Dolmen G1

Hunebed G1, also known as the Papeloze Kerk Hunebed, is located in the province of Groningen in the Netherlands.

Dolmen G1

Dolmen G1, also known as the Papeloze Kerk, is located in the province of Groningen in the Netherlands. It is one of the oldest and most well-preserved dolmens in the country, dating back over 5,000 years to the Funnel beaker culture of the Neolithic period.

The dolmen consists of six upright stones, or orthostats, which support three capstones. The entire structure is approximately 9 meters long and 3 meters wide, making it one of the smaller dolmens in the area. The capstones, which weigh several tons each, were transported from quarries located miles away and placed on top of the upright stones to create a roofed burial chamber.

Excavations at Dolmen G1 have revealed the remains of 15 individuals, along with pottery, flint knives, and other artifacts. It is believed that the dolmen was used as a communal burial site for a small agricultural community.

The Funnel beaker culture, who built the dolmens, were an early farming society who lived in the region during the Neolithic period. They were skilled farmers who lived in small communities, growing crops such as wheat and barley and raising domesticated animals like cattle and pigs. Their distinctive pottery, which has a funnel-like shape, gives the culture its name.

The hunebeds were used as communal burial sites for the Funnel beaker people. The bodies of the deceased were placed in the burial chamber, along with offerings such as pottery, flint knives, and arrowheads. It is thought that the bodies were left to decompose before the bones were removed and placed in the side chambers of the dolmen.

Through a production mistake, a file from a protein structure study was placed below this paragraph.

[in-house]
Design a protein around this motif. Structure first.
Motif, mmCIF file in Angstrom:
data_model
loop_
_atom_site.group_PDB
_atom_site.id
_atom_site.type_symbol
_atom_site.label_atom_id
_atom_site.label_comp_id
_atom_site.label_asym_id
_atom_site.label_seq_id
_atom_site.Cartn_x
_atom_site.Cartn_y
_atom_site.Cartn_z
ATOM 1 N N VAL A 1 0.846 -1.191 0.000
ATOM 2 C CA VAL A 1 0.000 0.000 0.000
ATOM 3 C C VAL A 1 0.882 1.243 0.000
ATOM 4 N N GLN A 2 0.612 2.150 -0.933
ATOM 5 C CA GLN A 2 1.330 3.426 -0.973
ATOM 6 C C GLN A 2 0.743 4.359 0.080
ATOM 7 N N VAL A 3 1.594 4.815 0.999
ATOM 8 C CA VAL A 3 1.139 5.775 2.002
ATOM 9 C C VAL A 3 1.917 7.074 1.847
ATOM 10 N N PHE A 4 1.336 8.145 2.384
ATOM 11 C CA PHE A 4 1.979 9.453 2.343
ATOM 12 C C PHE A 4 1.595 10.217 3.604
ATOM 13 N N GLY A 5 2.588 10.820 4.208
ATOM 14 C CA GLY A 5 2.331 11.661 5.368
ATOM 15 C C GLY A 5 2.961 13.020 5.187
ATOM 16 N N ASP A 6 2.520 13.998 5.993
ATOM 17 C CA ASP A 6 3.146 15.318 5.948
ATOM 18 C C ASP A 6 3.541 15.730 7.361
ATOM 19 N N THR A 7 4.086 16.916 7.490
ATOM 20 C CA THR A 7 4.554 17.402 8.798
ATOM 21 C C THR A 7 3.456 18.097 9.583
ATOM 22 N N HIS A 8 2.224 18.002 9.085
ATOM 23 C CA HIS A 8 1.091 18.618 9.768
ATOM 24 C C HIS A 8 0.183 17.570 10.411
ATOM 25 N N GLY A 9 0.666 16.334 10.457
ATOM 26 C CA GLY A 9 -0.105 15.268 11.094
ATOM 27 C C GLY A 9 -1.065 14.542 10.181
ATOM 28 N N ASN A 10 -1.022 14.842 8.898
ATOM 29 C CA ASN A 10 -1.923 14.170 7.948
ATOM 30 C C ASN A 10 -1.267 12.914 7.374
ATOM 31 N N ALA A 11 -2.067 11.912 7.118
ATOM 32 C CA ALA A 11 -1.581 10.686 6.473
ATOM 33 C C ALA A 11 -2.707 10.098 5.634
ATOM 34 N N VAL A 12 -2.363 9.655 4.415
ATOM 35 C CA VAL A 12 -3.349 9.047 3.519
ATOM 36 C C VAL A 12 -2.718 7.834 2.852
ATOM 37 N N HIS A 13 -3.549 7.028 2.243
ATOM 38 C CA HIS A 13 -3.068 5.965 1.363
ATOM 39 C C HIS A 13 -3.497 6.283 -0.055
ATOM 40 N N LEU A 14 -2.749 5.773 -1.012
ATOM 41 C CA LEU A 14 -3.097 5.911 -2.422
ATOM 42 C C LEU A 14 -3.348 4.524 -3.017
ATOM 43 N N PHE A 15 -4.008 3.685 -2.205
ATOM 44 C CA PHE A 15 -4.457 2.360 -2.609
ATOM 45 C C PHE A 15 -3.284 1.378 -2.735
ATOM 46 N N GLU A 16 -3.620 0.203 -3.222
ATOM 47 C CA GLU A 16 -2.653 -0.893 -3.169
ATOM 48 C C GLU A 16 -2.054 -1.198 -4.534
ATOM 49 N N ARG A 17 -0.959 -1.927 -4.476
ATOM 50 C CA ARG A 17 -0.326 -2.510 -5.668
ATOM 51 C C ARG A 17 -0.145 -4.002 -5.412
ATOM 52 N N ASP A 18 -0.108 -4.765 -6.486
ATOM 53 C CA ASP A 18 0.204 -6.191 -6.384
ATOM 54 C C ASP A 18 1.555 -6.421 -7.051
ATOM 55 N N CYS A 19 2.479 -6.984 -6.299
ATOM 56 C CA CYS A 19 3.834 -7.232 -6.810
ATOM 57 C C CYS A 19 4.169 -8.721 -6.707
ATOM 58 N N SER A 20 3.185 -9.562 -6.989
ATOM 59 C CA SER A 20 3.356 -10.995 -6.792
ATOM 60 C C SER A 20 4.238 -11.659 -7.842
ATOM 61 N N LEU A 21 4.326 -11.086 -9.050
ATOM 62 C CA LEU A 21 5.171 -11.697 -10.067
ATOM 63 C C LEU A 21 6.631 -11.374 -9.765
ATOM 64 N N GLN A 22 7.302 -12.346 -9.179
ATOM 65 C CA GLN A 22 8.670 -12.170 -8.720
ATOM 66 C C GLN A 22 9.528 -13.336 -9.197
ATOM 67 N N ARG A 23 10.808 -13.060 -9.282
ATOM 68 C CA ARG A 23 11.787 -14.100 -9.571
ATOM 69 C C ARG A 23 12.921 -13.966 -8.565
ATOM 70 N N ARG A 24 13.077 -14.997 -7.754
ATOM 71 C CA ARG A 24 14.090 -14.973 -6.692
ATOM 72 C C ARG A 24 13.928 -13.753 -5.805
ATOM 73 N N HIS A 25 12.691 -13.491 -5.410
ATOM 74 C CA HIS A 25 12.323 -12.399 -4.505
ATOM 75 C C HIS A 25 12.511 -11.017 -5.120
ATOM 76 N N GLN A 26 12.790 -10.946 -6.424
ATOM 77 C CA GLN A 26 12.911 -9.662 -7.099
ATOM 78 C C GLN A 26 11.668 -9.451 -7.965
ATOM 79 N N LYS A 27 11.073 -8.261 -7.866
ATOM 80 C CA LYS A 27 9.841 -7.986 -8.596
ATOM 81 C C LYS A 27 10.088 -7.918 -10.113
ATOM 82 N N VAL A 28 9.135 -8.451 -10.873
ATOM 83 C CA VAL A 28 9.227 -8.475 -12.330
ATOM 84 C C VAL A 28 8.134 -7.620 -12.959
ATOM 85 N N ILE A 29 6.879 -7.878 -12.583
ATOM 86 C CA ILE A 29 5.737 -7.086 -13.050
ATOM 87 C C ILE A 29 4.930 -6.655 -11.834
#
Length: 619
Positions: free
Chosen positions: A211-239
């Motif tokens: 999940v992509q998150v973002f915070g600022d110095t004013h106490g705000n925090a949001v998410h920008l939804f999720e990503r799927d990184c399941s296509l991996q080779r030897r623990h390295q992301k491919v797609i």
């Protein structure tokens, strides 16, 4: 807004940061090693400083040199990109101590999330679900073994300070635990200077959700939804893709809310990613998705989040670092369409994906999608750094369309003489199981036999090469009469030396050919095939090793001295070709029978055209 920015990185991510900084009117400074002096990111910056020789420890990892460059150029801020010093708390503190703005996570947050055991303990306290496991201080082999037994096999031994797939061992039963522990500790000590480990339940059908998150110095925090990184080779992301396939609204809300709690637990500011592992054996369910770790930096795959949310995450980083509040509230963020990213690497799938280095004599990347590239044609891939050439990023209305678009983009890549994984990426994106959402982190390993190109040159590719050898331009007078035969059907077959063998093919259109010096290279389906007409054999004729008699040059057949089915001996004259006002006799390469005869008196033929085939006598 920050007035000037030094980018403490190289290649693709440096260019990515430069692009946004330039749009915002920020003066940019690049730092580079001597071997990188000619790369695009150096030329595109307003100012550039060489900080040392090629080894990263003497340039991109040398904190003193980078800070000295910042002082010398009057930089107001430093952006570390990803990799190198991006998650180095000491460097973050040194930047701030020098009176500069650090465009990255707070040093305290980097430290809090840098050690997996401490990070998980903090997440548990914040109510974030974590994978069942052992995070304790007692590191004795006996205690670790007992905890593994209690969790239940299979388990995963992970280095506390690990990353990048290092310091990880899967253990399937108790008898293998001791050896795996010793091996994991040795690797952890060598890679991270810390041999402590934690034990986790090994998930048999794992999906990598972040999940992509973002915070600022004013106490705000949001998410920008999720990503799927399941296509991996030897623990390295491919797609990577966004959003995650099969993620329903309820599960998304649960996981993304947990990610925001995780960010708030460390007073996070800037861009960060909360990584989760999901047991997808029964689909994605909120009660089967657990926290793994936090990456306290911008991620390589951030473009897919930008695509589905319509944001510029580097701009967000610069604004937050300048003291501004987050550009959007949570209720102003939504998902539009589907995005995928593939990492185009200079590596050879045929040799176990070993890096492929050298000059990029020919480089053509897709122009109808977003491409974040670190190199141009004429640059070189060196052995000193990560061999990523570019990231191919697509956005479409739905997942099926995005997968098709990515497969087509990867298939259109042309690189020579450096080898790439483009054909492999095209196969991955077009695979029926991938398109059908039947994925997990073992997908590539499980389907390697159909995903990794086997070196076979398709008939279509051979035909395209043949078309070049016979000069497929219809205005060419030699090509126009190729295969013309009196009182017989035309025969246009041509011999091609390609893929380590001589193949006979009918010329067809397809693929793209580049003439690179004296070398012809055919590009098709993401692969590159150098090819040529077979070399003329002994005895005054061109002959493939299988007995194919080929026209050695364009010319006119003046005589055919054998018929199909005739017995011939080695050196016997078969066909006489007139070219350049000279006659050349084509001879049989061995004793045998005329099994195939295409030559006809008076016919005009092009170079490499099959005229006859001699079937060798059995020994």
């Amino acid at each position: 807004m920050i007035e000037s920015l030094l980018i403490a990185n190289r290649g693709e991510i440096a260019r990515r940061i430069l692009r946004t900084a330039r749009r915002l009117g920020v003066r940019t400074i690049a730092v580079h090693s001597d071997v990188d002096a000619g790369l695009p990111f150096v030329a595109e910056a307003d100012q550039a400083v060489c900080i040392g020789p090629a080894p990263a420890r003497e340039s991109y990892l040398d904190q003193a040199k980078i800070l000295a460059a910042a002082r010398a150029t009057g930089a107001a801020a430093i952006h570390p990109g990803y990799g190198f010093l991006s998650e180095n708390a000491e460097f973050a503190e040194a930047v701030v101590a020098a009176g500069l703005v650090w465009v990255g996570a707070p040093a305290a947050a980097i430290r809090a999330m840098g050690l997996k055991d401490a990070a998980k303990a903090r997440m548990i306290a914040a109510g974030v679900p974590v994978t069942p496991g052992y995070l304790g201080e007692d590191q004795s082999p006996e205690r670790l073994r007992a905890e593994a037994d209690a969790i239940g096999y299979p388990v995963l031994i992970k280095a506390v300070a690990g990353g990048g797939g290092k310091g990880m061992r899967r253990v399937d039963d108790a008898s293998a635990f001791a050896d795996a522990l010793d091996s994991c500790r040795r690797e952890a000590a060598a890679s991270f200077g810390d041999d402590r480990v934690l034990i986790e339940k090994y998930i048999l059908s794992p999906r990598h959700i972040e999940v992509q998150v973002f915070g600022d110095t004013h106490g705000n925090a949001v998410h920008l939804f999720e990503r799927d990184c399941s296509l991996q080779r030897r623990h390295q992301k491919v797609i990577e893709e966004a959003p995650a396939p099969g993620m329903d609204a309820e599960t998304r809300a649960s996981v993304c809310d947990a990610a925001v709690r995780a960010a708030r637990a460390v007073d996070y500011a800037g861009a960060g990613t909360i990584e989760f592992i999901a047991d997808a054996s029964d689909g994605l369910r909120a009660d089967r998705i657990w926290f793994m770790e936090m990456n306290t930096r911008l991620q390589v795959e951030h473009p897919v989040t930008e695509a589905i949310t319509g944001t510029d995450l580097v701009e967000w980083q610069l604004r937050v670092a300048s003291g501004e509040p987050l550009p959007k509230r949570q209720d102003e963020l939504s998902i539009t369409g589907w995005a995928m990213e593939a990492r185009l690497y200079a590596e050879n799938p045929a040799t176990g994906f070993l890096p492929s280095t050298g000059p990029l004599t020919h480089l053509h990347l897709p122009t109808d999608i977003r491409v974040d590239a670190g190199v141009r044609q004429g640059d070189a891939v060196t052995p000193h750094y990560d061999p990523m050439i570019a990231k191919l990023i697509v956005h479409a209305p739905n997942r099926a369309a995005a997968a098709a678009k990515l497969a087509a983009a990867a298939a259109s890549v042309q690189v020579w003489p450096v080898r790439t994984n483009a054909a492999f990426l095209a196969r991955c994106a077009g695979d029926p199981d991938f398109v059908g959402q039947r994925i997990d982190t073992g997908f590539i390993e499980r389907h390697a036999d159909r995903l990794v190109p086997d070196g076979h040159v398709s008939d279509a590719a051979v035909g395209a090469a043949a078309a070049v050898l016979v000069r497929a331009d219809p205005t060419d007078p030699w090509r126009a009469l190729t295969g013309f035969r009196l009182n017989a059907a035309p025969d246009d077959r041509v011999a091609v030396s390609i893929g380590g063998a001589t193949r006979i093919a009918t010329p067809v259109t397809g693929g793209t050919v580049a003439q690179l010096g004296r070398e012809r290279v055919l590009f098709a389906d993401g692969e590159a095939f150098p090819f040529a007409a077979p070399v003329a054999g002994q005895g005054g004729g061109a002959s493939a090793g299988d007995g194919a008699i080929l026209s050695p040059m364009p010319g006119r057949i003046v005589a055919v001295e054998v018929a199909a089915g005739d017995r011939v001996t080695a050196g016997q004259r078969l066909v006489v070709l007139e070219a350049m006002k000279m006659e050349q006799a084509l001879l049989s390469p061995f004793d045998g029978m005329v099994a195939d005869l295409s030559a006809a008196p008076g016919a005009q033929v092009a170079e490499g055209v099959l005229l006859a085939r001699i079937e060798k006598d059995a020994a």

The construction of dolmens like G1 required a significant amount of engineering skill and organization. The builders would have had to transport the massive stones from quarries located miles away, using primitive tools and techniques. They would have also had to create a level surface for the dolmen, as well as a ramp to transport the heavy stones.

In the centuries that followed, the dolmens were largely forgotten and were used for other purposes, such as sources of building material for local construction projects. It was not until the 19th century that the dolmens were recognized as important archaeological sites.

Today, the dolmens are protected as national monuments and are popular tourist attractions. Visitors can explore the burial chambers and learn about the history and culture of the Funnelbeaker people.

  • References

    image via https://commons.wikimedia.org/wiki/File:Hunebed-G1-bij-Noordlaren.jpg

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